Powerchairs like that do not have problems with pavements, click for more info on Chris’s All terrain wheelchairs and Four X powerchairs They have independent controls on all four wheels (four wheel drive) and are extremely tough and resistant to any difficult going. They have a unique suspension and shock absorbing abilities and a centre of gravity adjustment system. There are able to tilt in space and can even go downstairs! This is the sort of chair that ‘Latent’ would be happier in I think.
Trabasack a powerchair tray on difficult terrain
Trabasack can be used a wheelchair or powerchair tray, it has straps so that you can keep it on when on bumpy or uneven terrain. You can use a waist strap to go right around your body or the chair to hold it on. Or you can use our ‘side straps’ to attach to the armrests or anywhere at the side of a wheelchair or powerchair frame. They is a lot of flexibility with these four straps to give lots of options.
Also the beans in the beanbag give a slight cushioning and suspension when going over bumps so that it is more stable than ordinary trays. I have sent a trabasack to Mr Existence and his review will be featured on this blog soon!
UPDATE after posting I received this tweet
I am now very excited!
Powerchair Tray Testimonial from USA
We always very pleased to get testimonials from customers as it spurs us on to keep telling people about trabasack. We got this testimonal in an email form a lady in the USA called Jodi. She found us by searching on Google, and checked all our reviews on the Facebook page, and any other reviews on the web she could find. She was willling to give us a try after so many other products had failed her. Please read her message below:
“I was skeptical because I had tried almost every different type
of tray there is, they were all more frustrating than useful.I stopped using them all because they were too heavy,
slippery, unstable etc. I could not move my chair when using
any of the other trays because things would fall off or it would
tip over completely. I couldn’t pick them up. They ended up in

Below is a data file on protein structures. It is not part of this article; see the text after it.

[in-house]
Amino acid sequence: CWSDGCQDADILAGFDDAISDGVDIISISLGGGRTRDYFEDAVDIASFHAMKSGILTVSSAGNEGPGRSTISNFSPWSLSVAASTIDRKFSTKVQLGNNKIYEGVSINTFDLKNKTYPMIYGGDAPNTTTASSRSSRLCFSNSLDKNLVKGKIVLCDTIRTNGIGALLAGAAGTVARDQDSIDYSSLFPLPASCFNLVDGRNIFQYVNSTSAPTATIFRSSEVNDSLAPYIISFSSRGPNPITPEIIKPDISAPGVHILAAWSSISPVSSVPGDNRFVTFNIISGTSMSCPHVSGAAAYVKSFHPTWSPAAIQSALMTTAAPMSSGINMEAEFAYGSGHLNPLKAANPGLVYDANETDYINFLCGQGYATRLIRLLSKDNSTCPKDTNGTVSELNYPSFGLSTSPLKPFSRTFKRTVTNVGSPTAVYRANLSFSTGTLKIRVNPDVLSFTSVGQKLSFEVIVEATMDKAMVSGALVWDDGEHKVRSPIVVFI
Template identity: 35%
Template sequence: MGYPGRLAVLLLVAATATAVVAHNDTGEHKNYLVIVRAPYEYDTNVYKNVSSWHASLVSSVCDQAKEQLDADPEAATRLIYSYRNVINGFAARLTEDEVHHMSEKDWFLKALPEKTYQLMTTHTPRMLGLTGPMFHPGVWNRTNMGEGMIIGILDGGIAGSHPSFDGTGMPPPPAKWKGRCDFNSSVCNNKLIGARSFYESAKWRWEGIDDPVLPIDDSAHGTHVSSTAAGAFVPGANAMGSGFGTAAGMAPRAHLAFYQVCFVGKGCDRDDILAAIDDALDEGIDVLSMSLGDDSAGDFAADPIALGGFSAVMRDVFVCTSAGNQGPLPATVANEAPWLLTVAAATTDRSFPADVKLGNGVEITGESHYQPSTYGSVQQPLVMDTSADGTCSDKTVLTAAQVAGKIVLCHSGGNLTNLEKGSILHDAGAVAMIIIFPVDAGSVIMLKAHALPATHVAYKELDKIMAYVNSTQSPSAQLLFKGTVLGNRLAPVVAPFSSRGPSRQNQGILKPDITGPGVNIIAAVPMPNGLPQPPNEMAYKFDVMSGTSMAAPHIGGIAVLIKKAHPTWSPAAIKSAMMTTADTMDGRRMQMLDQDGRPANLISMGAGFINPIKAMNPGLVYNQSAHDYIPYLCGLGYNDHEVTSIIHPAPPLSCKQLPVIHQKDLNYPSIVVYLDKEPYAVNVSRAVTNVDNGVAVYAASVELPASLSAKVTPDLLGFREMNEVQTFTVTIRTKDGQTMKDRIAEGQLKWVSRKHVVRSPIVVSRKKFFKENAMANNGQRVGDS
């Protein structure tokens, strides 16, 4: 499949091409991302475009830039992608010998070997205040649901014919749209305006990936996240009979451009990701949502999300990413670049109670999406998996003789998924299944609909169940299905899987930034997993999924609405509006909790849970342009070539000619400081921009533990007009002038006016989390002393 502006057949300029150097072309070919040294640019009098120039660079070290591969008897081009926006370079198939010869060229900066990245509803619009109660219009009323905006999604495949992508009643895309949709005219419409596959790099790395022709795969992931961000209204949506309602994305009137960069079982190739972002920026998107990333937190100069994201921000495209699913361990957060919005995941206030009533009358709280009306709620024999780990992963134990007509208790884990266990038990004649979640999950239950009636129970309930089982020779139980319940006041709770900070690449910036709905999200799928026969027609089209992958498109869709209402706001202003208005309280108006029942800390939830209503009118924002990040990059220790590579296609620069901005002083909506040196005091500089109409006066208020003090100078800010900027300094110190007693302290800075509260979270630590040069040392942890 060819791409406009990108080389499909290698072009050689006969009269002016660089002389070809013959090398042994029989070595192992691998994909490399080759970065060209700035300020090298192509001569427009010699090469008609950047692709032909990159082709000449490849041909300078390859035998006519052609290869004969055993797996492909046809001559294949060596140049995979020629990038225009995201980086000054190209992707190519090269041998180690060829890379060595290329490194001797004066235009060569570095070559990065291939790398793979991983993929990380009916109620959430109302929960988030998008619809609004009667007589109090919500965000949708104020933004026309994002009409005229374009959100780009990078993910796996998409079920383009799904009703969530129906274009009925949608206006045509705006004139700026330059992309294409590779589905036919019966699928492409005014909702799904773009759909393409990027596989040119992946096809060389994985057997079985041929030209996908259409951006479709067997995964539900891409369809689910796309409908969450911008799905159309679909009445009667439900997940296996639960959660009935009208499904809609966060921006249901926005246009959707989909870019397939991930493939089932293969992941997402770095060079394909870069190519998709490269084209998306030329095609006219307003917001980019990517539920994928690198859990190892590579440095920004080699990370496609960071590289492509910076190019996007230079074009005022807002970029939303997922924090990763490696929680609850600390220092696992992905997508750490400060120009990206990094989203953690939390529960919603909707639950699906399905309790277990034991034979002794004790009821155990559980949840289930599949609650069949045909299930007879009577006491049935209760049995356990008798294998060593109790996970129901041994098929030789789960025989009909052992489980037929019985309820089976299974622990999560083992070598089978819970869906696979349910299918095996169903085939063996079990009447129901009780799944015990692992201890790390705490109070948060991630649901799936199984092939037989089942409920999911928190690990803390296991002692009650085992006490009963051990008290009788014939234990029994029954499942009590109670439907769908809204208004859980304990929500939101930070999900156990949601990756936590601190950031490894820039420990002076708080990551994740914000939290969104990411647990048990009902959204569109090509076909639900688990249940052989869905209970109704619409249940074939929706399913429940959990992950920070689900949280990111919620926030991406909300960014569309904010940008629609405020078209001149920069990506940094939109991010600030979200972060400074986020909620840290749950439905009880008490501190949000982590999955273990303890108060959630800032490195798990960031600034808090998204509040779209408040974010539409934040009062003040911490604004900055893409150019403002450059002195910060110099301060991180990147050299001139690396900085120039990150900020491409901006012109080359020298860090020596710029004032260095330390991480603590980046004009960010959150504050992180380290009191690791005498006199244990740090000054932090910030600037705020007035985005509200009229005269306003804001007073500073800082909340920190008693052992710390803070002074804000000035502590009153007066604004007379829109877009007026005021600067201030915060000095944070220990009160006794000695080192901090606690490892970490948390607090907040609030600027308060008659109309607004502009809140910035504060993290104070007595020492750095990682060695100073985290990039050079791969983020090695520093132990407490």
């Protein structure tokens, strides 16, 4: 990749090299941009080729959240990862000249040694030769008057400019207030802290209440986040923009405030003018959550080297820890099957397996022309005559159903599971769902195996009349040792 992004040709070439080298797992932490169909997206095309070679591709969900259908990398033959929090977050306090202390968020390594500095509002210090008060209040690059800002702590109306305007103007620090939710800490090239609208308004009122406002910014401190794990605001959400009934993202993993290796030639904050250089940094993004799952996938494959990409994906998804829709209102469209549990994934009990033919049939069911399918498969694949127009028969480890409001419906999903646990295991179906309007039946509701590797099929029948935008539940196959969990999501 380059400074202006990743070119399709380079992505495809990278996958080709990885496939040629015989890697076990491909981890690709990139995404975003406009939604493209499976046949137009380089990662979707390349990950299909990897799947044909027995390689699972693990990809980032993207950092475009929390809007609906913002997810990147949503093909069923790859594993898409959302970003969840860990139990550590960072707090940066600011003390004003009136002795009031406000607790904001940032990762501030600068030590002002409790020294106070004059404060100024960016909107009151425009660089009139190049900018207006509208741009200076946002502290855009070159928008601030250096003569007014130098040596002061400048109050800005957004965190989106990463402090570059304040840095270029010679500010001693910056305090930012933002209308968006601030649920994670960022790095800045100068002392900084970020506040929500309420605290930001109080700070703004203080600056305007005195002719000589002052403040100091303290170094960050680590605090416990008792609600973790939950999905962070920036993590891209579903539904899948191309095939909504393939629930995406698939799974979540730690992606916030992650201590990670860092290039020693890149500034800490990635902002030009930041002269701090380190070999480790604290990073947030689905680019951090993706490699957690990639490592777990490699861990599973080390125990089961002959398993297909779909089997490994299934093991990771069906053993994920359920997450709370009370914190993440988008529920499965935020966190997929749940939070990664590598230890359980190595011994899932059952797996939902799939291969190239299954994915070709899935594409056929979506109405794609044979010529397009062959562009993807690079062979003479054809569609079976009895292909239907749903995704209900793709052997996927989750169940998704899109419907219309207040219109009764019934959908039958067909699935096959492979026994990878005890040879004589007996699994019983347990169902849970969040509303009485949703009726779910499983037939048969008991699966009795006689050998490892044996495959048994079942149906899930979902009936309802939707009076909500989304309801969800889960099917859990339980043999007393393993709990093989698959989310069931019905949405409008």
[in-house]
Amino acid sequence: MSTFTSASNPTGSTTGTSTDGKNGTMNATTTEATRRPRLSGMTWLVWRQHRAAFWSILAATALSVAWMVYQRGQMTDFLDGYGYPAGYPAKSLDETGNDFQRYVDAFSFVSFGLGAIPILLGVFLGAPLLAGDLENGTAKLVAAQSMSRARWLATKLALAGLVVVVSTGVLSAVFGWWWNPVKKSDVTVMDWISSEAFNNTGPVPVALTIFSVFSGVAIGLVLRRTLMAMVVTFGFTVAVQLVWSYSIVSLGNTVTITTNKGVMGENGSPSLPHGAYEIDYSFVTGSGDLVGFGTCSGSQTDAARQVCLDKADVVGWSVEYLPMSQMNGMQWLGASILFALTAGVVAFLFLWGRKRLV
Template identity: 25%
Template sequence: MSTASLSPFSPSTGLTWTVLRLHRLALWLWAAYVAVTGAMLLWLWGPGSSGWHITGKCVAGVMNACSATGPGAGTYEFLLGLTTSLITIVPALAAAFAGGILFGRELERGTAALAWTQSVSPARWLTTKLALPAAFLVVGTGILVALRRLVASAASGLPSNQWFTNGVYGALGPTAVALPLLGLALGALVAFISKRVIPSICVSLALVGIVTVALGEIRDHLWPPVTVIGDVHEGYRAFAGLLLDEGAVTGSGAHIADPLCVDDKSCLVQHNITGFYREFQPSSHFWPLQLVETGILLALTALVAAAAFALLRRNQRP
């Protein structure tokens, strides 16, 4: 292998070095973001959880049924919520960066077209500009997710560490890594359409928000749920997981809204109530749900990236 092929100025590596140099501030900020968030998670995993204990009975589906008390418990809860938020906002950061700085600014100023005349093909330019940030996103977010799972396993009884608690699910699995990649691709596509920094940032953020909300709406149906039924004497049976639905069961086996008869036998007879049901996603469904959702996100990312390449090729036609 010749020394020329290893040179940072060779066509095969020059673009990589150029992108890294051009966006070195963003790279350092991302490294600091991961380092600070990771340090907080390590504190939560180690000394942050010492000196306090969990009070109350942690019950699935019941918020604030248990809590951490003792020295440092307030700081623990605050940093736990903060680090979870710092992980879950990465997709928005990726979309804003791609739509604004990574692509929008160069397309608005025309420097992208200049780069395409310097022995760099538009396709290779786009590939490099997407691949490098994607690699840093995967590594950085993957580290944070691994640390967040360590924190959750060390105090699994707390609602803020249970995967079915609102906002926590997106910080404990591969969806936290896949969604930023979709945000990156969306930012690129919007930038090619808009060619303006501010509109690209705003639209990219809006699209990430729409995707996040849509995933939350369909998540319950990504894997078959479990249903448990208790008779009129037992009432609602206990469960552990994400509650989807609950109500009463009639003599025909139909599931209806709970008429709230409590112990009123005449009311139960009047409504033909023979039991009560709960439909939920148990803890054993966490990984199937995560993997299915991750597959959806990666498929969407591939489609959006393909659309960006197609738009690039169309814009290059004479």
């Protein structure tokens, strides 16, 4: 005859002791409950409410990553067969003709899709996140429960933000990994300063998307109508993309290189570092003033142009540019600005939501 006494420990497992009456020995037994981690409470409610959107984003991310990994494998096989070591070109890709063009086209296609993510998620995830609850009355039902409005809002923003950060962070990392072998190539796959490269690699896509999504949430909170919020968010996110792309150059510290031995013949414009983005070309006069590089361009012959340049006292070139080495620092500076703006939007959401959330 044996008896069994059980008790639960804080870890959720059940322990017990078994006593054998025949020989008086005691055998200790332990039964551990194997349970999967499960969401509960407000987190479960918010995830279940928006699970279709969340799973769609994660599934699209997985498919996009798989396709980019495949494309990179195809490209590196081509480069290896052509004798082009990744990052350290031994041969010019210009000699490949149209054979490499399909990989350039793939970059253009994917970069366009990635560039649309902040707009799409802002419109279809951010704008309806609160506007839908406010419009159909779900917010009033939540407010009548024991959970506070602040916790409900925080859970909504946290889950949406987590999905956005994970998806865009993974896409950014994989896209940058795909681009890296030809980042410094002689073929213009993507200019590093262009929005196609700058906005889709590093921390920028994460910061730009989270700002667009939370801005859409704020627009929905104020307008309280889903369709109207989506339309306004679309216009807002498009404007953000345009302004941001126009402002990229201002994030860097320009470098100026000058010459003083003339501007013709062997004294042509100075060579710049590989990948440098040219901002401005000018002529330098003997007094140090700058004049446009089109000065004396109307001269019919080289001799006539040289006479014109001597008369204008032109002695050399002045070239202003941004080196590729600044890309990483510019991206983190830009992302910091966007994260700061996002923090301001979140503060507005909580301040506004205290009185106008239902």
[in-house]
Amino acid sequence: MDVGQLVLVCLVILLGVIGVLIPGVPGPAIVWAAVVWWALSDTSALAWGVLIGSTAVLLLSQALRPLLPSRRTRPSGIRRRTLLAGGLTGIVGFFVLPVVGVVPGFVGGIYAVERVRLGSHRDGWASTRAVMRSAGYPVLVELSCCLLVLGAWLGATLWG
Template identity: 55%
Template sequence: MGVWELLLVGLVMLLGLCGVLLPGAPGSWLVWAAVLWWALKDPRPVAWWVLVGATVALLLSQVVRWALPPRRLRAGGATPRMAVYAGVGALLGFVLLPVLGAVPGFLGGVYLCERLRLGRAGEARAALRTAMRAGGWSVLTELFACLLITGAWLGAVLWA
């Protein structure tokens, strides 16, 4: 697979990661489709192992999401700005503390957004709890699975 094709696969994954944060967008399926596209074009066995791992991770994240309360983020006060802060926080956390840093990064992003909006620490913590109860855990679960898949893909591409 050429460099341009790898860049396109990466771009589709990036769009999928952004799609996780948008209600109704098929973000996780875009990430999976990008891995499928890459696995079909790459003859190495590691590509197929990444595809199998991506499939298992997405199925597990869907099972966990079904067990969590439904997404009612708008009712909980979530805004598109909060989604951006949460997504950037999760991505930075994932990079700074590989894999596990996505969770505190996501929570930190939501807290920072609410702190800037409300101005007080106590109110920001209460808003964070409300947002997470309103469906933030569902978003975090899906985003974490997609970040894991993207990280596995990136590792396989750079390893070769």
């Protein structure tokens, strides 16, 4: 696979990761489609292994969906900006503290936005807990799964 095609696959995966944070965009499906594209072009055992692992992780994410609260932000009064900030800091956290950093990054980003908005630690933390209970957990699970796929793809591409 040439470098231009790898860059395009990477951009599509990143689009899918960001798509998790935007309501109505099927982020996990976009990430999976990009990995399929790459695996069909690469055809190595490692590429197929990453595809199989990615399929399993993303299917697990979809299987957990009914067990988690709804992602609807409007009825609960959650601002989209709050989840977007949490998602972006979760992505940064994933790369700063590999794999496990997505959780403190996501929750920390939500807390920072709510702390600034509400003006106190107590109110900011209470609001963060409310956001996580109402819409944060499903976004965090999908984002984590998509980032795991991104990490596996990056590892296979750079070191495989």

my tray graveyard in the basement.
My Trabasack Curve is great. I’ve had it for about 6 months.
It’s the best tray I’ve ever had. I use it multiple times a day
every day. I can even eat soup on it. This is the first tray in my
life, that allows me to eat soup or other liquidy foods without
contstant fear of the tray tipping and/or getting burned
due my muscle spasms in my legs. I still need to be careful but
I have confidence in my Trabasack Curve.
I can also easily access the controls on my power chair while using
the tray. You can tell Trabasack Curve was designed by someone who
actually needed to use it regularly. Thank you for sharing it with
USA. It’s such a blessing !!
Clare the designer of Trabasack was quite overwhelmed by Jodi’s email. We know only too well the experience of hoping that a product will work and consigning to a back room when it turns out to be useless! That is why we are determined to continue to create affordable, useful products that work for as many people as possible and we champion inclusive designs.
Please help us spread the word.
If you are a trabasack user, please help us spread the word by tweeting or posting a comment about us on facebook or your blog. We are trying to reach people through Amazon but until we have made lots of sales, Amazon will not suggest trabasack to people. It is a bit of a ‘chicken and egg’ situation!
If you are an amazon user and have a spare minute it would really help us if you put a review on there,
Trabasack laptop bags, wheelchair trays and buggy trays on Amazon
Many thanks to everyone who can help.
This post originally appeared on the Trabasack website Powerchair Tray